Mpls. City Council approves massive Downtown East project

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It's unanimous. The Minneapolis City Council voted Friday to approve a $400 million project to transform the eastern part of downtown.

The Star Tribune reports the project calls for two Wells Fargo office towers, two blocks of public park, parking ramps, apartments and retail space to be built adjacent to the new Vikings stadium. Most of that property is owned by the Star Tribune and covered by surface parking lots.

Before the vote, Mayor R.T. Rybak said, "I love a lot of things in this city, but I don't love vacant parking lots in places where there could be vitality."

The Downtown East project is not without opposition, but is proving a lot more popular than the stadium project.

"This is the type of development that happens once in a political generation," said Council Member Gary Schiff, the most vocal stadium opponent on the council. "And it only happens because the timing comes together with the financing. This is being financed right."

MPR News reports Ryan Companies will develop the project, with the biggest chunk of financing -- about $300 million -- to be paid by Wells Fargo, which will own the office towers. The Minnesota Sports Facilities Authority will contribute $16 million to build a parking ramp next to the new stadium, and $10 million for skyways.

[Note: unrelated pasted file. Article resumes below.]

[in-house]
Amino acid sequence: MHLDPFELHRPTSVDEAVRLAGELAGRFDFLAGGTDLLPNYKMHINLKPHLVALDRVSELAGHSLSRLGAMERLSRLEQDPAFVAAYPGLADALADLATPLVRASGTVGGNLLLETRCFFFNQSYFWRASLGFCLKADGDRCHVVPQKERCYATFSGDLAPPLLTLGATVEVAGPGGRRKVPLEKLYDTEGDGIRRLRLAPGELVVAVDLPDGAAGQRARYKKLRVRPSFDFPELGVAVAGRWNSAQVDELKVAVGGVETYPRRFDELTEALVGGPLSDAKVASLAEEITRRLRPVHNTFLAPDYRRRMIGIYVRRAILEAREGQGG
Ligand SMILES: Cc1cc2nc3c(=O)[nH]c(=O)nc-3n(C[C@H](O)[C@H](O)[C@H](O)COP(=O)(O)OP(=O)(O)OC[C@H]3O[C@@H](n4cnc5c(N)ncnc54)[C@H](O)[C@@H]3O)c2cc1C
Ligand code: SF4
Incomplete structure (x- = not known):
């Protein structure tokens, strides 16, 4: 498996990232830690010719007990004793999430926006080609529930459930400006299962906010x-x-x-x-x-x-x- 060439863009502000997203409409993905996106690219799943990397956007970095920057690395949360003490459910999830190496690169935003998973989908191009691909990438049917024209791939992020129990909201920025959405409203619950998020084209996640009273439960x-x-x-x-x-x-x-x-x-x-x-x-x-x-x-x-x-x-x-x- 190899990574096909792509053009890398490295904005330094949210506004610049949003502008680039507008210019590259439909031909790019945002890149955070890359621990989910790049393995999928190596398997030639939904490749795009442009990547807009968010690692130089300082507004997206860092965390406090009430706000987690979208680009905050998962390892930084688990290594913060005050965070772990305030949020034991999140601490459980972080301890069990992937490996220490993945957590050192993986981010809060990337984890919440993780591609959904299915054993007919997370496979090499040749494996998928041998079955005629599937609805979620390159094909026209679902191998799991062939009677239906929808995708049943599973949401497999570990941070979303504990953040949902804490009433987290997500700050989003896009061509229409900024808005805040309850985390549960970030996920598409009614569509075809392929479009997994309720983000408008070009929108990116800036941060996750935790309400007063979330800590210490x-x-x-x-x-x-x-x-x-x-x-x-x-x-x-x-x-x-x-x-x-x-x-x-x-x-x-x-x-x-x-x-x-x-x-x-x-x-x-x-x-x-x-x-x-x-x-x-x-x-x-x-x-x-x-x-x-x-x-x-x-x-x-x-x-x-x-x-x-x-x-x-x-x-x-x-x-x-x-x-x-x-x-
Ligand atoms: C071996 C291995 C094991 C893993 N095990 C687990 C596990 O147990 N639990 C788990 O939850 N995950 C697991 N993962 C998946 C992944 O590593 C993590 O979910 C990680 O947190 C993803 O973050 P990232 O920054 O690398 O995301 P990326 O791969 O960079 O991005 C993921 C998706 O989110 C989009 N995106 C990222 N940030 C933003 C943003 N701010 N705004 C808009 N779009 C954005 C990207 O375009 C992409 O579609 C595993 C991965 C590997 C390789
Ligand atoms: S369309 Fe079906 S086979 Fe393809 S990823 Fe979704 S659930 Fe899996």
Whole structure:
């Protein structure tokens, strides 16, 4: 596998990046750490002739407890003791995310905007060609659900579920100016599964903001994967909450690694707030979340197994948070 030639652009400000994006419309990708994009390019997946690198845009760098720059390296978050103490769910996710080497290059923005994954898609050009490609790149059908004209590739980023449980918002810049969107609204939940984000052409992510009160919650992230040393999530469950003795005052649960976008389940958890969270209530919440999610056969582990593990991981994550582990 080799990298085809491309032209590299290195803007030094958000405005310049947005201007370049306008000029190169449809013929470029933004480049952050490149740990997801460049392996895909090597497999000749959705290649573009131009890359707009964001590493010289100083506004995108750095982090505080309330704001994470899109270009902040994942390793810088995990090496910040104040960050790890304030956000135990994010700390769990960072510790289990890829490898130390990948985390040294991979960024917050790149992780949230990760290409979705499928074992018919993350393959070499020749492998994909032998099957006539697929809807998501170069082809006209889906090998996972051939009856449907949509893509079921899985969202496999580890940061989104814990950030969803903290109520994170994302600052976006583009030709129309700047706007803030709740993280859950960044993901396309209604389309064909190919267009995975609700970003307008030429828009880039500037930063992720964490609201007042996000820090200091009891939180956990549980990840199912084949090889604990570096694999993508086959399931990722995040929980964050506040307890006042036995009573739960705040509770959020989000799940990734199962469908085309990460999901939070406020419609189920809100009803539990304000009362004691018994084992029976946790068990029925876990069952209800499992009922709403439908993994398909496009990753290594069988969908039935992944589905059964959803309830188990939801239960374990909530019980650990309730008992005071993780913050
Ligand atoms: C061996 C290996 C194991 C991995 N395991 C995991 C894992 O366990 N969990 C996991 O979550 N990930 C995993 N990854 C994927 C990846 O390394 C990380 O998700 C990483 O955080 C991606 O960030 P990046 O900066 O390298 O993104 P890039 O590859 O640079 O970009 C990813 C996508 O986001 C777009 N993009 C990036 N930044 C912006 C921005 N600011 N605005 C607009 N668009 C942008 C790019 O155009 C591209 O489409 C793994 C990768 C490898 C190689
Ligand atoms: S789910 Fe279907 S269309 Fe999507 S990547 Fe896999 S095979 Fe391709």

The Minneapolis Port Authority will sell $65 million in bonds to pay the city's share, which will help finance the parking ramp and buy land for the new park. The money is expected to be repaid by revenue from the parking ramp.

Total cost to the public is an estimated $84 million.

The Pioneer Press reports the council also voted Friday to approve the demolition of the Star Tribune headquarters.

Controversy remains about rooftop signs on the office towers, which are currently prohibited by local ordinance. Council member Lisa Goodman is expected to introduce an ordinance next week that would allow them.

A lawsuit filed Wednesday seeks a temporary restraining order to stop the city's involvement in the project. Filed by two former council members, it argues the city should not have to pay for the parking ramp.

The land deals for the project are scheduled to close Dec. 27.

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